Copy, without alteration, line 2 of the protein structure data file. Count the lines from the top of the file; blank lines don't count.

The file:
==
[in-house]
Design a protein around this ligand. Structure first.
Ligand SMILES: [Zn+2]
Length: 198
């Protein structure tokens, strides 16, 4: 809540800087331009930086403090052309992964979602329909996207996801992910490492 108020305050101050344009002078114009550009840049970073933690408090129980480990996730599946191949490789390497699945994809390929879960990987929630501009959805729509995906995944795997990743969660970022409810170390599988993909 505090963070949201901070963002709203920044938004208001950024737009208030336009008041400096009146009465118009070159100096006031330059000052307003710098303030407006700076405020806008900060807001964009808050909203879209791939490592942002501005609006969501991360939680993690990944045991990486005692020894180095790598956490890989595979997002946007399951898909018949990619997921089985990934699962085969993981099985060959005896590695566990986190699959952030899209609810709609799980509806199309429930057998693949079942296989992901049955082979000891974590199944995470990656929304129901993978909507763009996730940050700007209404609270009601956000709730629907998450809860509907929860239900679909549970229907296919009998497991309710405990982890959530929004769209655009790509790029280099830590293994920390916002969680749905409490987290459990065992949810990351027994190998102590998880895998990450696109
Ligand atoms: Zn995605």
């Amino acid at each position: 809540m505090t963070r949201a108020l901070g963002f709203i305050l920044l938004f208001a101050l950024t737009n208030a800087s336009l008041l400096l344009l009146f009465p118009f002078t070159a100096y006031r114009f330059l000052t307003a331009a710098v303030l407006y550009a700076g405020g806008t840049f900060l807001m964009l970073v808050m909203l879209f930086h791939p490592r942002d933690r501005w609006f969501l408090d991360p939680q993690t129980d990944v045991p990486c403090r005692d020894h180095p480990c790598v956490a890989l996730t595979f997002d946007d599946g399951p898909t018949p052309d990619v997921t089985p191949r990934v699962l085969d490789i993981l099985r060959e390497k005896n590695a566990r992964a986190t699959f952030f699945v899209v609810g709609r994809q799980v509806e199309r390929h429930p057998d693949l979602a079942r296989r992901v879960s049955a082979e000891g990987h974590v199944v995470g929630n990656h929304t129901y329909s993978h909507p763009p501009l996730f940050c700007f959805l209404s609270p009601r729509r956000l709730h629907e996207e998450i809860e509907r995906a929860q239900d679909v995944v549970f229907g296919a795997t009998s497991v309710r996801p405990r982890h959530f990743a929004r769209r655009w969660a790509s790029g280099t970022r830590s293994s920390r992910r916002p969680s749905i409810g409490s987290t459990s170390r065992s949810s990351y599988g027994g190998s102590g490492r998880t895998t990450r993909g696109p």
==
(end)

Design a protein around this ligand. Structure first.